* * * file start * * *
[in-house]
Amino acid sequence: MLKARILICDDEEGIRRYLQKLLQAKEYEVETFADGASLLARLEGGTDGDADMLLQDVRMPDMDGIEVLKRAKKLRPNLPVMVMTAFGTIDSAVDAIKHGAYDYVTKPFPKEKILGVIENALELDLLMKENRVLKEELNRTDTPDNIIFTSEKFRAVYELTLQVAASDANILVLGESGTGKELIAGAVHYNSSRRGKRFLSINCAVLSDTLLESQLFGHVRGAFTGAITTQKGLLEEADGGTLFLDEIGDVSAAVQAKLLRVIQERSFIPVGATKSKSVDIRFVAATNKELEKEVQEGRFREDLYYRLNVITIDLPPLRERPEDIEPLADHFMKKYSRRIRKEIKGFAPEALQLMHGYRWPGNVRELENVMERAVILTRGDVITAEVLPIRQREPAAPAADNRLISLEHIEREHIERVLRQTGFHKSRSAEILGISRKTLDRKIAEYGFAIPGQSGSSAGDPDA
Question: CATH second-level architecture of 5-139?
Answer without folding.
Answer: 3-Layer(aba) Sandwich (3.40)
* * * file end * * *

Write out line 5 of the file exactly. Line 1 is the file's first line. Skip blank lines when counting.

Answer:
Answer: 3-Layer(aba) Sandwich (3.40)